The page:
Jean Thomas (biochemist)

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Dame Jean Olwen Thomas, DBE, FMedSci, FLSW, FRS (born 1 October 1942) is a Welsh biochemist and Master of St Catharine's College, Cambridge.[1]

She was born in Treboeth, Swansea to John Robert and Lorna (née Harris) Thomas, attended Llwyn-y-Bryn High School for Girls and then studied chemistry at the University of Wales, gaining a first class B.Sc in 1964 and a PhD in 1967 with thesis titled Hydroxyl-carbonyl interaction in cyclic peptides and depsipeptides.[2] She has been at Cambridge since 1967, where she was initially at Darwin College, Cambridge from 1967 to 1969. She was then made a Fellow of New Hall, Cambridge and Professor of Macromolecular Biochemistry at the University of Cambridge, where she led a team studying the structure and dynamics of chromatin (the complex of proteins and DNA that constitutes chromosomes) and its role in the repression and activation of genes.

Thomas is the first female Master of St Catharine's College, which was founded in 1473 by Robert Woodlark and is the ninth oldest Cambridge College. The Master is elected by the President and Fellows of the College. She was elected a Fellow of The Royal Society in 1986 [3] and became a Governor of the Wellcome Trust Ltd. in October 2000.[4] She is currently the Biological Secretary and Vice-President of The Royal Society.[5] She is also a Founding Fellow of the Learned Society of Wales.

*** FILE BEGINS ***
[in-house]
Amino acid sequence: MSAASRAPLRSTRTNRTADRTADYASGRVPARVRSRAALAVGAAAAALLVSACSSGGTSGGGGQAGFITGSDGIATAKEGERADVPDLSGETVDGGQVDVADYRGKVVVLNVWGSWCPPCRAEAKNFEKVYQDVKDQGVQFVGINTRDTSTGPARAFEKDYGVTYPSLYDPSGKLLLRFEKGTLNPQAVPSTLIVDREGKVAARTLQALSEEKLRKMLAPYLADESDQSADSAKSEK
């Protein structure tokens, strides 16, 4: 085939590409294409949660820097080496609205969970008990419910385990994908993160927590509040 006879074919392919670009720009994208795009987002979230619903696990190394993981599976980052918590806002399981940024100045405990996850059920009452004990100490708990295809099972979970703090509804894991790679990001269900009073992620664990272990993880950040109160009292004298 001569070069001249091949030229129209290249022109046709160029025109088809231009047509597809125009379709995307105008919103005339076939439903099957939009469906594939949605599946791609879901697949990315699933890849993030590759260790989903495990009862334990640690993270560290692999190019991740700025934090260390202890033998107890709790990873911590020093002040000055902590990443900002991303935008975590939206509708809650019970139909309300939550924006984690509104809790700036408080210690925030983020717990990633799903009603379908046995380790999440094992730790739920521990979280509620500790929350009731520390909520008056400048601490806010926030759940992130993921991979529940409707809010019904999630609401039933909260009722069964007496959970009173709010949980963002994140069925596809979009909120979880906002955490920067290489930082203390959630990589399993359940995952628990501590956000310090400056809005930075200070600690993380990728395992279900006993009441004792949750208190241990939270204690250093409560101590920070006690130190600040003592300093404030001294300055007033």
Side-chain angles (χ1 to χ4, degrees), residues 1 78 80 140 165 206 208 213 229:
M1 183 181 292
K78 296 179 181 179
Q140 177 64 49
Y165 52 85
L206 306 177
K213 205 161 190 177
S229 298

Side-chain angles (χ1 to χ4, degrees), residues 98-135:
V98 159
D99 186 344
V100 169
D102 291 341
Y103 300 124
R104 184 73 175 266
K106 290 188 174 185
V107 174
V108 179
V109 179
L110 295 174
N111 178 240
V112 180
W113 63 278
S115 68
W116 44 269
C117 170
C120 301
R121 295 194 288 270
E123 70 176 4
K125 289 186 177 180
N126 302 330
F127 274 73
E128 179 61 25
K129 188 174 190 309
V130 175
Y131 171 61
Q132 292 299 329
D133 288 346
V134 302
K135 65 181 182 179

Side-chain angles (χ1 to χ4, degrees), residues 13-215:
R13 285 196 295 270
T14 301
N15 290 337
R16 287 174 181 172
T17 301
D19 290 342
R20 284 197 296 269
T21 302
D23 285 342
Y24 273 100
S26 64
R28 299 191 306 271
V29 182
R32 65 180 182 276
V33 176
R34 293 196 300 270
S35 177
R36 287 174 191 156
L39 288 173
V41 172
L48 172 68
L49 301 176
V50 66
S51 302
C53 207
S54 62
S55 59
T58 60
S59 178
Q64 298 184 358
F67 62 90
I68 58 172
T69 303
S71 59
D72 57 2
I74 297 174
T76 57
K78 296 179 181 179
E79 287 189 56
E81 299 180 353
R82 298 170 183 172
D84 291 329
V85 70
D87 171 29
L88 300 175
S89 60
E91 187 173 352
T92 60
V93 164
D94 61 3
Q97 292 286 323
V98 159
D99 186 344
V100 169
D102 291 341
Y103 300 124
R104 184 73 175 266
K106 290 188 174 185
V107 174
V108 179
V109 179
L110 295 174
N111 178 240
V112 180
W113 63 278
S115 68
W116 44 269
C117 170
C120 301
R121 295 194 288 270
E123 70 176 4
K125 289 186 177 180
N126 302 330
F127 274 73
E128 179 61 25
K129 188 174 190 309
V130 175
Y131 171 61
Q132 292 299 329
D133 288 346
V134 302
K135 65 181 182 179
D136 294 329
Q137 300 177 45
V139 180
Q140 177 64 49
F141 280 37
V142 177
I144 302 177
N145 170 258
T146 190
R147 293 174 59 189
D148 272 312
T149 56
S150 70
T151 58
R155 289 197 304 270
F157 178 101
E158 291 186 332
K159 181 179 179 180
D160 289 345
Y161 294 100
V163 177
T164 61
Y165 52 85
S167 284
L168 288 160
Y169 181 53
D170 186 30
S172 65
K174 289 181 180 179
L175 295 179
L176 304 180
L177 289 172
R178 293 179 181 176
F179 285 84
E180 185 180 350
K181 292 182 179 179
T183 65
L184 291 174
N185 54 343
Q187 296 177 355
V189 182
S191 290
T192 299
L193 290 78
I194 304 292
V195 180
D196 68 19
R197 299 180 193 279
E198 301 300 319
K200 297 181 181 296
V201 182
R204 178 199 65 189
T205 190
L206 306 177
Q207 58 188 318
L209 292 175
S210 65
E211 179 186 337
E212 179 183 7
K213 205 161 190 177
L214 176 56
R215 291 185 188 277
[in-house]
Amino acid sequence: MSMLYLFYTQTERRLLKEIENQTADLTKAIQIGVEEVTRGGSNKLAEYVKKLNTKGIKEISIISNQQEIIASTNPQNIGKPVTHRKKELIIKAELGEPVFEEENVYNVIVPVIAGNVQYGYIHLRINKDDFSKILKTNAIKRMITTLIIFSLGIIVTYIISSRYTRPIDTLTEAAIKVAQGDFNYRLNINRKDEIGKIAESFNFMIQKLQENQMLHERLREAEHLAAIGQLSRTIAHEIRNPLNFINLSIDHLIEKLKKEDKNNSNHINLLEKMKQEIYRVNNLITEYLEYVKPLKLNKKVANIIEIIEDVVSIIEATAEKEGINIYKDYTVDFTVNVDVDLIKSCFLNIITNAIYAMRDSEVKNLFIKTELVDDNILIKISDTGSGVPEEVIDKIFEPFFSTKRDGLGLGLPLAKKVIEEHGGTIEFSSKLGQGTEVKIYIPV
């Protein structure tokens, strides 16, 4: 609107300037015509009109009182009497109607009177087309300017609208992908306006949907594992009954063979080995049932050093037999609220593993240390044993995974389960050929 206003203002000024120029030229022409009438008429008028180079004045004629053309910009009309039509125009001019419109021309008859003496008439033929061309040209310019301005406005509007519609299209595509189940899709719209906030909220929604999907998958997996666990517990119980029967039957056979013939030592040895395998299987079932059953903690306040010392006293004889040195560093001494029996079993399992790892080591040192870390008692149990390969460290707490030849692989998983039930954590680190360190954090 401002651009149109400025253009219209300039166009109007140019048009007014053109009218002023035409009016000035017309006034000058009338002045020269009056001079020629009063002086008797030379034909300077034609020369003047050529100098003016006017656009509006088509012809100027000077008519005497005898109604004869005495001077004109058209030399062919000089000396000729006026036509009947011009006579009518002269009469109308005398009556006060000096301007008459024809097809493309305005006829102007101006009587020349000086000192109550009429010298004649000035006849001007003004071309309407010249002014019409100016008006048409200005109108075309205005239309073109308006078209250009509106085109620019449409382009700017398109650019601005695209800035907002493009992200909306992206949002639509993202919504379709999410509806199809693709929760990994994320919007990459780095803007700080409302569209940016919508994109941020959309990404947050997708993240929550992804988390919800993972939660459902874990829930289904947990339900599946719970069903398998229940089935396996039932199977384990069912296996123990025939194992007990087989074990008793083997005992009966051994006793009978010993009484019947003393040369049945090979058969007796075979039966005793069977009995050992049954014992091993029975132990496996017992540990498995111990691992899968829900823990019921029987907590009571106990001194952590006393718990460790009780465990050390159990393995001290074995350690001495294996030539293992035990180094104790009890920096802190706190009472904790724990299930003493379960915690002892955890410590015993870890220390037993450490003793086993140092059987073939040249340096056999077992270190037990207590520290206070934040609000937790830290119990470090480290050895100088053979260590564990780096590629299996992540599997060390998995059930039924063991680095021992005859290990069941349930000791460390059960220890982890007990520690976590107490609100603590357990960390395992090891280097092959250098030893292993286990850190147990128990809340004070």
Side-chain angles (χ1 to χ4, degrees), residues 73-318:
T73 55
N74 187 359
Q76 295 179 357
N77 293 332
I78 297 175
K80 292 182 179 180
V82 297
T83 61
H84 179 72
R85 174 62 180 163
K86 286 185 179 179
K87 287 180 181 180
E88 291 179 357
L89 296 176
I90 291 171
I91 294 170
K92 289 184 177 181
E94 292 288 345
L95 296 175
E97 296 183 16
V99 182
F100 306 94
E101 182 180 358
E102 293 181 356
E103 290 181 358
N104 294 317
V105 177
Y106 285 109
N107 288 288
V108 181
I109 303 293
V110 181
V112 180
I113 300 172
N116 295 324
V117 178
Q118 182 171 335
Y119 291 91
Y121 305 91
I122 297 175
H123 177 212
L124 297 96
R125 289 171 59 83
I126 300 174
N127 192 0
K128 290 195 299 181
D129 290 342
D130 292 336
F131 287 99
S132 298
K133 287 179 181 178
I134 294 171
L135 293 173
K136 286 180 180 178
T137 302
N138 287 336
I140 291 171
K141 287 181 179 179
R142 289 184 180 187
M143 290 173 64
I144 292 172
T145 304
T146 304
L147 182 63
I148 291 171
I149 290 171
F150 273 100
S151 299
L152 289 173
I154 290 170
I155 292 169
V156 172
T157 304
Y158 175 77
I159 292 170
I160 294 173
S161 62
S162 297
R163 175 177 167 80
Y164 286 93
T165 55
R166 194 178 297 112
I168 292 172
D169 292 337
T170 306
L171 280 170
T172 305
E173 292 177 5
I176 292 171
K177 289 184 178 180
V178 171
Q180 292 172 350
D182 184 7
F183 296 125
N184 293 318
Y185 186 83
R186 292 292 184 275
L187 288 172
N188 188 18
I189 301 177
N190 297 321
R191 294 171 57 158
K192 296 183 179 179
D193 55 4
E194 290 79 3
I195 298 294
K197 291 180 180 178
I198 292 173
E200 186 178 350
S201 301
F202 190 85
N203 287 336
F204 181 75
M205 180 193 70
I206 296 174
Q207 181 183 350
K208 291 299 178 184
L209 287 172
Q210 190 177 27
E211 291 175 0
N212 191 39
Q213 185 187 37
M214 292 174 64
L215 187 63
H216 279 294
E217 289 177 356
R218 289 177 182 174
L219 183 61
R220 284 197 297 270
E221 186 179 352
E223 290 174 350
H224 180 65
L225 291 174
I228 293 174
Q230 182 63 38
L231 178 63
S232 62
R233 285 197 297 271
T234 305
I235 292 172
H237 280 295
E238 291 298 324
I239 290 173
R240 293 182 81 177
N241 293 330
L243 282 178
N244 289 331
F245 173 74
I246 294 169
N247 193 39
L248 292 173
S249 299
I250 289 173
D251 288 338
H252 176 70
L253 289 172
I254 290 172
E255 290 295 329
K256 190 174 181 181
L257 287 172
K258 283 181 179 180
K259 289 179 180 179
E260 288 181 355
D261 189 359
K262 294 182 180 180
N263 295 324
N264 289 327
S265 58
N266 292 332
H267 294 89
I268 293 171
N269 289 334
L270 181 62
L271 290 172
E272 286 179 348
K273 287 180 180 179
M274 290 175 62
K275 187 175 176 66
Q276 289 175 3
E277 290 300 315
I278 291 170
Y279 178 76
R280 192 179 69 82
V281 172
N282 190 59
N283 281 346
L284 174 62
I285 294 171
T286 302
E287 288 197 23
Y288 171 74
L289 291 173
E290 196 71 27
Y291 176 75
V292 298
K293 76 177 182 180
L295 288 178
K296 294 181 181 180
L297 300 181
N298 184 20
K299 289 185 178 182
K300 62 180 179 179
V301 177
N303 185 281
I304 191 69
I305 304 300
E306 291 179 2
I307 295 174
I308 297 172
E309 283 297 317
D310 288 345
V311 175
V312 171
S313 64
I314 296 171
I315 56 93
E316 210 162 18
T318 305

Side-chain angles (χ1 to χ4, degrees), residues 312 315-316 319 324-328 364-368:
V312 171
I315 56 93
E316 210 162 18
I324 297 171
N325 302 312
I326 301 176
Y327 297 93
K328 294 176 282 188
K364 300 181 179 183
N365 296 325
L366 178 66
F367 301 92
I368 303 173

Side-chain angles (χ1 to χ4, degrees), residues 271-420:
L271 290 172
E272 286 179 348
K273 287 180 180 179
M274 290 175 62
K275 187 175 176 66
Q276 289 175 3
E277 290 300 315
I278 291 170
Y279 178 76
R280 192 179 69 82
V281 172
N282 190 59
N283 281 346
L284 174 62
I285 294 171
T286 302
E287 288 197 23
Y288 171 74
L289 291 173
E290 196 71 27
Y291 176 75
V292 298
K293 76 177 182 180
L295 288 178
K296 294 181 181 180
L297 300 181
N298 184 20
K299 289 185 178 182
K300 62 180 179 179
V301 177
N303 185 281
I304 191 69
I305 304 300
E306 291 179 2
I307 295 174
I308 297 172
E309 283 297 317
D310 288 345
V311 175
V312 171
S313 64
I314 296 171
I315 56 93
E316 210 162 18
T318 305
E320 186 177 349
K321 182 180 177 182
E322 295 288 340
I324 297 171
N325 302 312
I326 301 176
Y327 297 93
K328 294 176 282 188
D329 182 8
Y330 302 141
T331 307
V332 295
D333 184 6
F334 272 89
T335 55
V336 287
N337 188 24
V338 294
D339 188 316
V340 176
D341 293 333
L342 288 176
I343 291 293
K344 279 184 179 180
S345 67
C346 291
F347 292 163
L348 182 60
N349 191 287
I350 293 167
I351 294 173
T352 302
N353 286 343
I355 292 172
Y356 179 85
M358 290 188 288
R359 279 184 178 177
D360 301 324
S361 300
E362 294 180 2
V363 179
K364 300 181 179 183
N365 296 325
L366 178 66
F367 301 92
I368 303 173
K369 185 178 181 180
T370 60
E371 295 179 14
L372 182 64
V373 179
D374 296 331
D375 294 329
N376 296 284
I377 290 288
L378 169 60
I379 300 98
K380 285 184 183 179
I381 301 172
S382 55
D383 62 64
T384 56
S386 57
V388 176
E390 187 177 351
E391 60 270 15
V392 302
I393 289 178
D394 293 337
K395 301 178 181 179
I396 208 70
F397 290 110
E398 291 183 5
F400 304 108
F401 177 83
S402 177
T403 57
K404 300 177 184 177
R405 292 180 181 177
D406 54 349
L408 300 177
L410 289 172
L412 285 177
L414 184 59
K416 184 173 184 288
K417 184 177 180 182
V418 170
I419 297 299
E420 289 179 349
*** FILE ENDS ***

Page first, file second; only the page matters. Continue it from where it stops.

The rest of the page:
She is an elected Member of the European Molecular Biology Organisation (EMBO) and of the Academia Europaea. She has served as a Member of the Council and Scientific Advisory Committee of the Imperial Cancer Research Fund, Scientific Advisory Committee of The Lister Institute for Preventative Medicine, and as a Trustee of the British Museum.

On 31 December 2004, Thomas was created a Dame Commander of the Order of the British Empire (DBE) for services to biochemistry.[6]

In 2014 she was elected as the second President of the Royal Society of Biology, succeeding Nancy Rothwell [7]


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Academic offices
Preceded by
David Ingram
Master of St Catharine's College, Cambridge
Succeeded by
Preceded by
Nancy Rothwell
President of the Royal Society of Biology